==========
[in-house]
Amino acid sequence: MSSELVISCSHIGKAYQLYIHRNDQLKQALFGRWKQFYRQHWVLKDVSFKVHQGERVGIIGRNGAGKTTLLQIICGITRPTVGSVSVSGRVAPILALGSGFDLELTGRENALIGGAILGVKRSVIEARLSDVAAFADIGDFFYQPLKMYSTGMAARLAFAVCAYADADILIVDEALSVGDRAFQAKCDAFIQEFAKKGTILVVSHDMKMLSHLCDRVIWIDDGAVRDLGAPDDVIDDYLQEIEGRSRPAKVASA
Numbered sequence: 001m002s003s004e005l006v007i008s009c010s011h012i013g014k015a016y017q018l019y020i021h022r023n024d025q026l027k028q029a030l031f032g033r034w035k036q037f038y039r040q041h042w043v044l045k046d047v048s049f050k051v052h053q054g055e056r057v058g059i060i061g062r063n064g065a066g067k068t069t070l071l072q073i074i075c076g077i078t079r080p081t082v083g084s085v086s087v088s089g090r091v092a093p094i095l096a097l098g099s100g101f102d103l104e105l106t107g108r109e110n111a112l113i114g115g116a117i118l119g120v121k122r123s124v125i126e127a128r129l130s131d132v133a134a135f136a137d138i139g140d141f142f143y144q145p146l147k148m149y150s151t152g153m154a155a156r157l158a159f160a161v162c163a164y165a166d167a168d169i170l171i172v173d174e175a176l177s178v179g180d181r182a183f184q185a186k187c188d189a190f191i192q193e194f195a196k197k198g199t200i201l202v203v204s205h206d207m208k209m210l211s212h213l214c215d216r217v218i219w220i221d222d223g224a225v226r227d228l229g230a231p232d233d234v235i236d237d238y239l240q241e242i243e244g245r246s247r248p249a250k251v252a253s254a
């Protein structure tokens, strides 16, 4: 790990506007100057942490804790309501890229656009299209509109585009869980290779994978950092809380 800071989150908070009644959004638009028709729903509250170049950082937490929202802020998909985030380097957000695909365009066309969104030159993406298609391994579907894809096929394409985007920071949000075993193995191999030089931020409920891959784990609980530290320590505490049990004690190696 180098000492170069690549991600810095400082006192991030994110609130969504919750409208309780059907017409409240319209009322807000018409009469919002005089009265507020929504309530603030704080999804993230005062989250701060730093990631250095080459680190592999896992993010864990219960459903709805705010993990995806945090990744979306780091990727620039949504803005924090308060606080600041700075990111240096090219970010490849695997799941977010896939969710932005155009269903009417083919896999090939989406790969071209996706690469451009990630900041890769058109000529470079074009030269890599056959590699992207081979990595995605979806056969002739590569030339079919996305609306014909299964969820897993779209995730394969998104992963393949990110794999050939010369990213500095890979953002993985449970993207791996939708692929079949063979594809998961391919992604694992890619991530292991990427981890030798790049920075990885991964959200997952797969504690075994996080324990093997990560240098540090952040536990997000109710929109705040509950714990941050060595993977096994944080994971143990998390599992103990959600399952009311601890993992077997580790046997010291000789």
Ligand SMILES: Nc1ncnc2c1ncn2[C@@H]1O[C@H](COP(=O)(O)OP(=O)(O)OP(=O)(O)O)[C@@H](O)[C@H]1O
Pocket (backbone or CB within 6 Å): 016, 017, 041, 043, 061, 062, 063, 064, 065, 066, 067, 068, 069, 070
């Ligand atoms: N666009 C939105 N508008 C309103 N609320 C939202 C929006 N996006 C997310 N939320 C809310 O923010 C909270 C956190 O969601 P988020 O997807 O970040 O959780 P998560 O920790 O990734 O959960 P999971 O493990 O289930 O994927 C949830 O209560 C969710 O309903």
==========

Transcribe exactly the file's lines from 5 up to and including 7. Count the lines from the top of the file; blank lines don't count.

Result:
Ligand SMILES: Nc1ncnc2c1ncn2[C@@H]1O[C@H](COP(=O)(O)OP(=O)(O)OP(=O)(O)O)[C@@H](O)[C@H]1O
Pocket (backbone or CB within 6 Å): 016, 017, 041, 043, 061, 062, 063, 064, 065, 066, 067, 068, 069, 070
């Ligand atoms: N666009 C939105 N508008 C309103 N609320 C939202 C929006 N996006 C997310 N939320 C809310 O923010 C909270 C956190 O969601 P988020 O997807 O970040 O959780 P998560 O920790 O990734 O959960 P999971 O493990 O289930 O994927 C949830 O209560 C969710 O309903």